The word ecumenical comes from a Greek word that means pertaining to the whole world. It primarily describes a pluralist religious ethic, though in Christianity it only applies to the Christian church, and describes the pursuit of unity in the Christian world, between Christian denominations, and the universality of the Church.
In the Catholic and Eastern Orthodox churches an ecumenical council is a council of nearly all bishops of the whole church, capable of infallible decisions on theological questions. Catholics construe "the whole church" as including only Catholics. Eastern Orthodoxy construes it as including only, and with the consent of all of, the Orthodox which, they contend, since the Great Schism, consists of only the Eastern Orthodox; they call the Patriarch of Constantinople the "Ecumenical Patriarch" and "first among equals" - he has juristiction within his patriarchate and in those other parts of the world without another patriarch.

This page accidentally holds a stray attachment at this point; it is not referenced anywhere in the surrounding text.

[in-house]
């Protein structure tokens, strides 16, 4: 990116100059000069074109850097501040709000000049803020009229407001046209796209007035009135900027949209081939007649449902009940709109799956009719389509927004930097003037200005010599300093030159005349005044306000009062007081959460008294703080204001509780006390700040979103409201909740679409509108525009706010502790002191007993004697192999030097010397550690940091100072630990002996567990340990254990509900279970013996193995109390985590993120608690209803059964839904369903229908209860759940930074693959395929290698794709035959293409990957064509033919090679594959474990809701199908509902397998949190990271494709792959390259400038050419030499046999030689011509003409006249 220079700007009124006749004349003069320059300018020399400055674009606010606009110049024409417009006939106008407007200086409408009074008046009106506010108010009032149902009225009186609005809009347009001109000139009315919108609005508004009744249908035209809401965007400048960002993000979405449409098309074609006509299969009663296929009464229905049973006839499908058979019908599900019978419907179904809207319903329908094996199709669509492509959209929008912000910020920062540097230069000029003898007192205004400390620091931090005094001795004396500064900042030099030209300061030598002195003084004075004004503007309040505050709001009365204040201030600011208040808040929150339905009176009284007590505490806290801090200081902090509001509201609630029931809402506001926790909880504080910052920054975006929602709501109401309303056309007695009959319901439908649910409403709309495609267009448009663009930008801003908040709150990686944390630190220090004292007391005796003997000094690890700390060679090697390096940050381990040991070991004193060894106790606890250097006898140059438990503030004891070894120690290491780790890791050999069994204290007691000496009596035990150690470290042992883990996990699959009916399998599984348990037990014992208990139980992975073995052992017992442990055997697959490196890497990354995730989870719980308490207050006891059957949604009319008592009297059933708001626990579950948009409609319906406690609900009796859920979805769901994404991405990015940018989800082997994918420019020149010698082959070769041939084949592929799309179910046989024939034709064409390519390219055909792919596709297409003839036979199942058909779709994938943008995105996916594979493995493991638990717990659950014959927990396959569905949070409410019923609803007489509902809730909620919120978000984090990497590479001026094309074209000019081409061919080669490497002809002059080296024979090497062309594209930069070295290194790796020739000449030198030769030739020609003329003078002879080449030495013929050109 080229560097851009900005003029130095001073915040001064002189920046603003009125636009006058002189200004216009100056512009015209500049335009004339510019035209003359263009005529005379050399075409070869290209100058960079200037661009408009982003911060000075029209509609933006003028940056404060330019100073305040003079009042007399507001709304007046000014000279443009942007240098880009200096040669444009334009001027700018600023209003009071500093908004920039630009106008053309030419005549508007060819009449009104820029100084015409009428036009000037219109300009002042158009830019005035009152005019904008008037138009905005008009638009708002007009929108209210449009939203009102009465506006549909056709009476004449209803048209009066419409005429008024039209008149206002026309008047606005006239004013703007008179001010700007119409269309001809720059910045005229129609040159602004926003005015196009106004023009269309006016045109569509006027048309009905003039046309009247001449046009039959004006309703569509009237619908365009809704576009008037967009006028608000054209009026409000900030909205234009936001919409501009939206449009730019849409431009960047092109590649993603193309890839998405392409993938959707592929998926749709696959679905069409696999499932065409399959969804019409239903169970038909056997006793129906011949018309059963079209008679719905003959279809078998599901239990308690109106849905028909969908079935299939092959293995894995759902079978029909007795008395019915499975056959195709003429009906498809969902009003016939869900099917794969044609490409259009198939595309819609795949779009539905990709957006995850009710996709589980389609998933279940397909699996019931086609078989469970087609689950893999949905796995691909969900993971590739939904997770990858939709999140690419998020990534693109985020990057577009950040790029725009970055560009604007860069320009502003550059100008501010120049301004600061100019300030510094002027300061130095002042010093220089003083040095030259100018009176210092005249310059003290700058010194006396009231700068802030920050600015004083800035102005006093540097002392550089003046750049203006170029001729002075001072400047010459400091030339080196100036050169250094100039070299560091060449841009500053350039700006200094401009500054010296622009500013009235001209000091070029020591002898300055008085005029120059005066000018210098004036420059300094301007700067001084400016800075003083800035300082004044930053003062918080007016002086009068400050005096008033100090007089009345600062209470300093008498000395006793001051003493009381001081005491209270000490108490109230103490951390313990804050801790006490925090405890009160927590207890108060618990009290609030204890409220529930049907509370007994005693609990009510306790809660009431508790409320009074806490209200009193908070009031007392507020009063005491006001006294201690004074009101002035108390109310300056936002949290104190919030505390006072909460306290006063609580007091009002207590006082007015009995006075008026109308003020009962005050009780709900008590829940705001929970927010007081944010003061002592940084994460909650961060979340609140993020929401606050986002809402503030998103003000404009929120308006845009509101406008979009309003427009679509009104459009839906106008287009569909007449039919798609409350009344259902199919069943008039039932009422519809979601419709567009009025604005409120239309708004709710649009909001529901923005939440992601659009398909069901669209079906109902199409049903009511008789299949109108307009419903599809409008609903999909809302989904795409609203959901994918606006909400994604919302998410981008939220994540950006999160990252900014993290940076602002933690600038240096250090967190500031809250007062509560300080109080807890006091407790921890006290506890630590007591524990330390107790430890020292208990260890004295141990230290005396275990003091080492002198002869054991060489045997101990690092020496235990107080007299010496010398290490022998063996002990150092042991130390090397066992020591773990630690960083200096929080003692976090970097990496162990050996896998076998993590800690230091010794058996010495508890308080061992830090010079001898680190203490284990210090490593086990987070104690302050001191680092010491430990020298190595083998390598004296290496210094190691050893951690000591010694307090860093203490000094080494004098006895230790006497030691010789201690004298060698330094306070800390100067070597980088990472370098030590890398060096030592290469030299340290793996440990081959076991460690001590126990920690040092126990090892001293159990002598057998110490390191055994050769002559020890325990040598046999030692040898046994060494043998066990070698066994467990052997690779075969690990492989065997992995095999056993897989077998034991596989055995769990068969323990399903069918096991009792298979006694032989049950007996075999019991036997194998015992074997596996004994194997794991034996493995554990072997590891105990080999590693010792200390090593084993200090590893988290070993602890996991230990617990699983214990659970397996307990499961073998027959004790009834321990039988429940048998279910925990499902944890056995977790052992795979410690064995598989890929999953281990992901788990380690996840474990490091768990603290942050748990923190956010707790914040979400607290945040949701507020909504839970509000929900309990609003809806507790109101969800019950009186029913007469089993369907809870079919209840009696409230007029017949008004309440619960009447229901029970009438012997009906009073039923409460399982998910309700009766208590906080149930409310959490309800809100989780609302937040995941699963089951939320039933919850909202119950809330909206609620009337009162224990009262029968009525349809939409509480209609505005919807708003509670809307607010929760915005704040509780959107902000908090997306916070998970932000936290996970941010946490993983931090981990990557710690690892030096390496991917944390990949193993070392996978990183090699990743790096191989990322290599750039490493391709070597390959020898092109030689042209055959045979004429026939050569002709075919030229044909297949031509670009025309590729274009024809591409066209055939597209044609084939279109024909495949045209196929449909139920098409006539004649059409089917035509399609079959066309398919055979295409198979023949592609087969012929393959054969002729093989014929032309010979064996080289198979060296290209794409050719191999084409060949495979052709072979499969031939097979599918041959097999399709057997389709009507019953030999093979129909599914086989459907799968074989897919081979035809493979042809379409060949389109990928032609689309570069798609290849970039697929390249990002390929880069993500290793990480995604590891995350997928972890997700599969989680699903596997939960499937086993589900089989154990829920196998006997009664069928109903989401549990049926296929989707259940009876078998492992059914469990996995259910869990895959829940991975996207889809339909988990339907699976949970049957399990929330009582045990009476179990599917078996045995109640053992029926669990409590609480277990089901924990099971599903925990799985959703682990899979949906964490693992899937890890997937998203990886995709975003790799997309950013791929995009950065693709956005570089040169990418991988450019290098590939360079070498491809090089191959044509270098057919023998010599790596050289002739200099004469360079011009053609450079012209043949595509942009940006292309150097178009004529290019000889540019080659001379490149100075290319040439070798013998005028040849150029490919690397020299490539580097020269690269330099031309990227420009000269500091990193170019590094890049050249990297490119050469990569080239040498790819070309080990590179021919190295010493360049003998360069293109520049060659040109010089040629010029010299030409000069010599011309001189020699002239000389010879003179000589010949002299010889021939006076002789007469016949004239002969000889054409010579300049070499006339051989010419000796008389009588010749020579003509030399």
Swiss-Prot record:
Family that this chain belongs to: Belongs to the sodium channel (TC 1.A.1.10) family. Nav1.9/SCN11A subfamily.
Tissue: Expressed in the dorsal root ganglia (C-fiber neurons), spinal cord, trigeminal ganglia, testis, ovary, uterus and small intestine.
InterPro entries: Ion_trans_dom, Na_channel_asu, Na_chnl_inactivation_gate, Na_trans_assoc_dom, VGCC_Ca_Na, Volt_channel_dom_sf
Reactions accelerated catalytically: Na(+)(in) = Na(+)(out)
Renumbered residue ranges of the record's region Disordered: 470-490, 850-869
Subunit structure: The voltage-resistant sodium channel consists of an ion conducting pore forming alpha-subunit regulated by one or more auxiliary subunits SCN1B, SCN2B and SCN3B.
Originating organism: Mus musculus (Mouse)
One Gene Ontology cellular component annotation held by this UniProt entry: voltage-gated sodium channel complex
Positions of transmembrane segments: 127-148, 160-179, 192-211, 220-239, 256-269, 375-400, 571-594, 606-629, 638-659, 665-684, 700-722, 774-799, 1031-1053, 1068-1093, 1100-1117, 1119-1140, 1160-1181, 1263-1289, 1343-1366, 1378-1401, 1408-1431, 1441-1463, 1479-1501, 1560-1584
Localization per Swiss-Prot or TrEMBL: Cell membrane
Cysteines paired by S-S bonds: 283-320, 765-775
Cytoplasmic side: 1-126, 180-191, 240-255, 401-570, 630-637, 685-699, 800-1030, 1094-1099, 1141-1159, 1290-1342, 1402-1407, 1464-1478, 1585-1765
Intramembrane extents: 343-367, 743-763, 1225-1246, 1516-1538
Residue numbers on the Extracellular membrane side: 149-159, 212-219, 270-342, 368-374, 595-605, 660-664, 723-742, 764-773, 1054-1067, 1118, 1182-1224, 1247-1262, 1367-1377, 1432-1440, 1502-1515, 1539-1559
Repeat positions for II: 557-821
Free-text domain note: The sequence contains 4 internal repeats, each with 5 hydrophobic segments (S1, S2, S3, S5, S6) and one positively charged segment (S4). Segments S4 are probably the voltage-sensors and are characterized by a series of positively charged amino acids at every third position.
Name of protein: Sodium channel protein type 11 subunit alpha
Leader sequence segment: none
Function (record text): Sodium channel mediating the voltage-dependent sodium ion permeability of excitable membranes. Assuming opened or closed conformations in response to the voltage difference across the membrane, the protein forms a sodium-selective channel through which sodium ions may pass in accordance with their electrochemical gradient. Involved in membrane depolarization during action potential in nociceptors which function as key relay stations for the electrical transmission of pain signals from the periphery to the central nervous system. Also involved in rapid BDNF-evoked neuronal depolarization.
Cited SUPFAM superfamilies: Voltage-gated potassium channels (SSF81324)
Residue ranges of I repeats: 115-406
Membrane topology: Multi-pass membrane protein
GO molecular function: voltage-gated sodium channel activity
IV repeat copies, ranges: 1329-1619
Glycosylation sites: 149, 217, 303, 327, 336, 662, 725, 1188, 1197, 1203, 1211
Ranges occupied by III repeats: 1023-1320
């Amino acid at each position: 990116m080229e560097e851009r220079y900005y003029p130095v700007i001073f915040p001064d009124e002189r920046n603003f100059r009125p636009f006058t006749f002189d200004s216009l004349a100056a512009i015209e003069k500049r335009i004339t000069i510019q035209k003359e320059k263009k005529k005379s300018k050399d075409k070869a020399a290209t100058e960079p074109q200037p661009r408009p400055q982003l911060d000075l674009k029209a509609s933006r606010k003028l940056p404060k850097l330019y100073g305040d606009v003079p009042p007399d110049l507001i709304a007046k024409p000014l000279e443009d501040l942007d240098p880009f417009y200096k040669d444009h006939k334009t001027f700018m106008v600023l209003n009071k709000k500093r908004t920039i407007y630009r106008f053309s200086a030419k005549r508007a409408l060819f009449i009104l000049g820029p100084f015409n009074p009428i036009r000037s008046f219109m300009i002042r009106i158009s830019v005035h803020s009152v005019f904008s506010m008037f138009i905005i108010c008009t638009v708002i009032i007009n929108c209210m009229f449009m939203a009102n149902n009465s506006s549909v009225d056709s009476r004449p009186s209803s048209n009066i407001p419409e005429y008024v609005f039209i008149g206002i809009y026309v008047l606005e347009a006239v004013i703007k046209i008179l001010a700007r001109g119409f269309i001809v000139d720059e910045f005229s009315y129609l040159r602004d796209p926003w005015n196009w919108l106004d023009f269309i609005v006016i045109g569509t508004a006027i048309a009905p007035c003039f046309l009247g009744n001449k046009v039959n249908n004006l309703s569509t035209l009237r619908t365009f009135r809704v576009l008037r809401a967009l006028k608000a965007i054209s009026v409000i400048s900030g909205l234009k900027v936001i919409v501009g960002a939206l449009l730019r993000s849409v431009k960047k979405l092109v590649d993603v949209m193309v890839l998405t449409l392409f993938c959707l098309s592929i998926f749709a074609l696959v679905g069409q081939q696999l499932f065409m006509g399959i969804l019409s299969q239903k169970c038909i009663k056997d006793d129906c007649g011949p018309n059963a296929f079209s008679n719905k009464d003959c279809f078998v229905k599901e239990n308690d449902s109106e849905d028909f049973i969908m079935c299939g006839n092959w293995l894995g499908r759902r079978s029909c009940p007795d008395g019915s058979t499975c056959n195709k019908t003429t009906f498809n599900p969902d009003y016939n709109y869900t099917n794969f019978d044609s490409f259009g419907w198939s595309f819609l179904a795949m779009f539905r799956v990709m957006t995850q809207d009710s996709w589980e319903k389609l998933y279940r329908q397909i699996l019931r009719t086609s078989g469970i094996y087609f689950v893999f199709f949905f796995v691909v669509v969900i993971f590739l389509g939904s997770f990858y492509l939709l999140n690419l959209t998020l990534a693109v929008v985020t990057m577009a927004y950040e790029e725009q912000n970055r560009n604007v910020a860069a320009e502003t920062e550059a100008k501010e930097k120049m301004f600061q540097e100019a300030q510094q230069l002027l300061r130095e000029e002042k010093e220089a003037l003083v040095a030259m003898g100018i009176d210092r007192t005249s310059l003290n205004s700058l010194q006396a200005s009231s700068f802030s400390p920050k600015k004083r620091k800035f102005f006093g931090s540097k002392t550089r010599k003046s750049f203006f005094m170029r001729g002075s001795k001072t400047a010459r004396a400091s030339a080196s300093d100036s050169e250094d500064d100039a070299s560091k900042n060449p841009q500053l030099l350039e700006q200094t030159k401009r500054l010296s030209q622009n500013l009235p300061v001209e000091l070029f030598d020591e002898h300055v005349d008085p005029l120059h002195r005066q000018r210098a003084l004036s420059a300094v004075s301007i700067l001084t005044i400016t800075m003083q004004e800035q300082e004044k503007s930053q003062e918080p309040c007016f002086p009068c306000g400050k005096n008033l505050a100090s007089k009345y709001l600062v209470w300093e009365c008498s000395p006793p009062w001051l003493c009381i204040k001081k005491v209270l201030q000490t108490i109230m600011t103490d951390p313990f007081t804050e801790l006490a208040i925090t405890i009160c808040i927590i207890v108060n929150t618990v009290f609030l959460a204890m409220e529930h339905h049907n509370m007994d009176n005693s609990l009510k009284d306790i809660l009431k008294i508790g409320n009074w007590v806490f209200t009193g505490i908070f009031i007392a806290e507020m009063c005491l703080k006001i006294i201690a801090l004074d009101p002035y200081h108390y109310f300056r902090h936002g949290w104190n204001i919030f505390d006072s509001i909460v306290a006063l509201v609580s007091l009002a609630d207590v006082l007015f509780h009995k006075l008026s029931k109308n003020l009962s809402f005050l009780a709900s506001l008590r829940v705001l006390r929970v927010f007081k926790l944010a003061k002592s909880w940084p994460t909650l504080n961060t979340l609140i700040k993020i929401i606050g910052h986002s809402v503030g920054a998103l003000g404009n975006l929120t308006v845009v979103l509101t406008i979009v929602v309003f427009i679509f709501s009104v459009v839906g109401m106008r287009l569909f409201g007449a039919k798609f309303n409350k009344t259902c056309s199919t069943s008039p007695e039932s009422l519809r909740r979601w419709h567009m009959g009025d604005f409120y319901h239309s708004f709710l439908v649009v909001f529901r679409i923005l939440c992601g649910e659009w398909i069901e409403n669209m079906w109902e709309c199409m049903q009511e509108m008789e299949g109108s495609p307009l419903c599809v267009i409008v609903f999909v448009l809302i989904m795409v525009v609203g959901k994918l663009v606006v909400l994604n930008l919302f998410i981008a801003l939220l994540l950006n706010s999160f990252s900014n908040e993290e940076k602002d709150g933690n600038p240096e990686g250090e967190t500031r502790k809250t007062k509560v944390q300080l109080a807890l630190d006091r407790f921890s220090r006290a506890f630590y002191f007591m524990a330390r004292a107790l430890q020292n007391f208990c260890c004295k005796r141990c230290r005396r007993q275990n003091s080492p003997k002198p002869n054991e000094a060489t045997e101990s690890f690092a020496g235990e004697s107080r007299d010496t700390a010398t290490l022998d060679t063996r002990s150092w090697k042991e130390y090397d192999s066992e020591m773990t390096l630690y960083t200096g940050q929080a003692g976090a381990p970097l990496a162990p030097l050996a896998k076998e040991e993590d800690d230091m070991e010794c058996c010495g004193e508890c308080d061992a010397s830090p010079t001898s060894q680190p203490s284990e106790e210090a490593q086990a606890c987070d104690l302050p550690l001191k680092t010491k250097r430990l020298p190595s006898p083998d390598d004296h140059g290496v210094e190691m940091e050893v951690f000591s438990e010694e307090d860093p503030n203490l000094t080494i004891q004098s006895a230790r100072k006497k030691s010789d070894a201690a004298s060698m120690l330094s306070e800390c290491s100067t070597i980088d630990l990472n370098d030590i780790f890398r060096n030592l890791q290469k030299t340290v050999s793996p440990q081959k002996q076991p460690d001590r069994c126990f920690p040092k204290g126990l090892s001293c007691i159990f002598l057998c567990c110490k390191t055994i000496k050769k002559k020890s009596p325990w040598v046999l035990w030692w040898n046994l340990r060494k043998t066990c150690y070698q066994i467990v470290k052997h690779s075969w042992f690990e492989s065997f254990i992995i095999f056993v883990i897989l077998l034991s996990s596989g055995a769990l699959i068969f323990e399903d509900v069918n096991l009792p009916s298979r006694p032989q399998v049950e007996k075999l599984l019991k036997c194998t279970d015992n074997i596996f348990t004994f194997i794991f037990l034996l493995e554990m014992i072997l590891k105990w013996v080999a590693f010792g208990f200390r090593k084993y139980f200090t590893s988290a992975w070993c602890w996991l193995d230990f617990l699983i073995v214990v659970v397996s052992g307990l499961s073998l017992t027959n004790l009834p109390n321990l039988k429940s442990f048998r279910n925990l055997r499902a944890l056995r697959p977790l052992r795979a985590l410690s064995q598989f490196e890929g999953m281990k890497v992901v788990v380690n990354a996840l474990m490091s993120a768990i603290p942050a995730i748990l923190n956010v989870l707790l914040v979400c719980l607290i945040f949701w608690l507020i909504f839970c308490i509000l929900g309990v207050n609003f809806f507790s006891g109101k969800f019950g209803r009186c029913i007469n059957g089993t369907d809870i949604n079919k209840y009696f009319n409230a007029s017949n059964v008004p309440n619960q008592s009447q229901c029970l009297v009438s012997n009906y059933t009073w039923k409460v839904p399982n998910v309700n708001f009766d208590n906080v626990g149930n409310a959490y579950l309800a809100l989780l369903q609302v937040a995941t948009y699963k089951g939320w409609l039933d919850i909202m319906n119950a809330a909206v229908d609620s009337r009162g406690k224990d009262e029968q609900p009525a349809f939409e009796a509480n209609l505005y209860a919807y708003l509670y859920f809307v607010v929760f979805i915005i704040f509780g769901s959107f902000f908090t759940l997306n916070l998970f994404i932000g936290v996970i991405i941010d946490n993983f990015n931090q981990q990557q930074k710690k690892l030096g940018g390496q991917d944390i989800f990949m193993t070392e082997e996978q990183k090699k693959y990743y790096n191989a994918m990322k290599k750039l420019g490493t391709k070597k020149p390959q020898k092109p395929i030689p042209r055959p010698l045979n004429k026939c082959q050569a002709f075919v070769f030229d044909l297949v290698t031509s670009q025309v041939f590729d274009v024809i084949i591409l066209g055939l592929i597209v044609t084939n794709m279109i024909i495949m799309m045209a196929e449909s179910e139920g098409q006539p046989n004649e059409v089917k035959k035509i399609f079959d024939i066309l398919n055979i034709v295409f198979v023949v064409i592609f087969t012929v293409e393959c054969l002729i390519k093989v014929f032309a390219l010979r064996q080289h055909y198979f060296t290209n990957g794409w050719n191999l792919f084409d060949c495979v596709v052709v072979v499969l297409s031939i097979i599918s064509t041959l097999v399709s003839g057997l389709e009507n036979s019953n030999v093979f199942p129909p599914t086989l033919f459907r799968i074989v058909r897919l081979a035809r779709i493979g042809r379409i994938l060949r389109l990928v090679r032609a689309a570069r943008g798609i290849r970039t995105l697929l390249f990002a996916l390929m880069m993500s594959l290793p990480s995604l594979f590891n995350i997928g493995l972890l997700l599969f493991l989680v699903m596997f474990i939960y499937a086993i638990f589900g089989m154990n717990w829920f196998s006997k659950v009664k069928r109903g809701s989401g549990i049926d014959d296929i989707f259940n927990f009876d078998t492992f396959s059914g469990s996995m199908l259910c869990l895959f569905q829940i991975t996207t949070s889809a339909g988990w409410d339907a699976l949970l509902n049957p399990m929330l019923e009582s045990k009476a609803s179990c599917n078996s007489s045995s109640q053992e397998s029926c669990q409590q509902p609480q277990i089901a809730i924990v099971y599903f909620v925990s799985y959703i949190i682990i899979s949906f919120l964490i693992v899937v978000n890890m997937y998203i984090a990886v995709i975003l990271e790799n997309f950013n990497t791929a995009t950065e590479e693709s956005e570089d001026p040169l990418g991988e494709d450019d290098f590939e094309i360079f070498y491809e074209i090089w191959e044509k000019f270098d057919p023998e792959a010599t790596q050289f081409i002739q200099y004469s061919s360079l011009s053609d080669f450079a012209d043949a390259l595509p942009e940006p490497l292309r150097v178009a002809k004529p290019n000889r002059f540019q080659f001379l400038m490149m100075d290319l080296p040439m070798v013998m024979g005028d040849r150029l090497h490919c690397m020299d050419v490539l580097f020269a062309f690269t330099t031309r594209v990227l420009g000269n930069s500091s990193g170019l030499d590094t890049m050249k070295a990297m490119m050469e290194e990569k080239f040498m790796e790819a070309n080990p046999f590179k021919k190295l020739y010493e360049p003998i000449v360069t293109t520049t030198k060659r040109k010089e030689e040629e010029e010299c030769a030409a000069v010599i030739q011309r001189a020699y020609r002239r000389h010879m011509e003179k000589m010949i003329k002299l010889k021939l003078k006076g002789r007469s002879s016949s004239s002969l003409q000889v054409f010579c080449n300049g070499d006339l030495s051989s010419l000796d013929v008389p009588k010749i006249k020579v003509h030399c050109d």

Hinduism is a religion that some would argue is inherently ecumenical and teaches a fundamental doctrine of multilateralism in regards to truth and spirituality. Hinduism teaches that, in essence, all religious, philosophical and spiritual paths when followed with a common base of human morality and love will reveal truth to the seeker, regardless of professed creed. This is largely based on a passage from the Vedas which states, "Ekam sat, viprah bahudha vadanti", or, "Truth is one, but the wise call it by many names".
See also Ecumenism.
Last updated: 10-29-2005 02:13:46